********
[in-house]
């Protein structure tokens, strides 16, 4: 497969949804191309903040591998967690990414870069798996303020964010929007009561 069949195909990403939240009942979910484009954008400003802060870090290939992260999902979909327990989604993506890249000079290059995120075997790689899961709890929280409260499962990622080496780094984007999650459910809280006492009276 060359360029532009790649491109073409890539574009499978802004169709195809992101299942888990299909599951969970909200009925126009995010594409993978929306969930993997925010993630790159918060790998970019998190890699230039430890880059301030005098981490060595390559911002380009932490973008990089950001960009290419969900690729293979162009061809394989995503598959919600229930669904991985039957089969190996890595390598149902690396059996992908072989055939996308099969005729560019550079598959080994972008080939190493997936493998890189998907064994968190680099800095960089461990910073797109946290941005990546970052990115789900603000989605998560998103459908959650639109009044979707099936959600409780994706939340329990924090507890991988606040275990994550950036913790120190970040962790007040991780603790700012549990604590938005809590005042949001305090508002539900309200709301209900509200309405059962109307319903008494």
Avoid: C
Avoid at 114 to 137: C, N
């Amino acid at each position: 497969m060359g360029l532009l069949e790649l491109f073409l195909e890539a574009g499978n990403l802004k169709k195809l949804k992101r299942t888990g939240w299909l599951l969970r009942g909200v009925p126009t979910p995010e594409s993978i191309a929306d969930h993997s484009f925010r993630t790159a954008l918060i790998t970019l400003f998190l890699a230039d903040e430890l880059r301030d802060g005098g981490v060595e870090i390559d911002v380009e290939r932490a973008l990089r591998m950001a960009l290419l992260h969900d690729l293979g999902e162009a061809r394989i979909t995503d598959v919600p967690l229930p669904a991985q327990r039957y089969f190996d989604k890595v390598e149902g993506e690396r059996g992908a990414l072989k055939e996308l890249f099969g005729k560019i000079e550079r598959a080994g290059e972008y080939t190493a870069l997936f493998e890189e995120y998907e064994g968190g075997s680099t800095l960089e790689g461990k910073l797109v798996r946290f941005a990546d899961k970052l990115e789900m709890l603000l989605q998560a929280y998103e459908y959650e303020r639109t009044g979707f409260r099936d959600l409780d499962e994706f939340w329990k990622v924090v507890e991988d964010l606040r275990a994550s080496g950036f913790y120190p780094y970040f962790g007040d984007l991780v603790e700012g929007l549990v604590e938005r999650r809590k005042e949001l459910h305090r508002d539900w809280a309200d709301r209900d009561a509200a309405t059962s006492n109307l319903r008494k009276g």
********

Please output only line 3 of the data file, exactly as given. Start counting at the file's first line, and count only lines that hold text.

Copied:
Avoid: C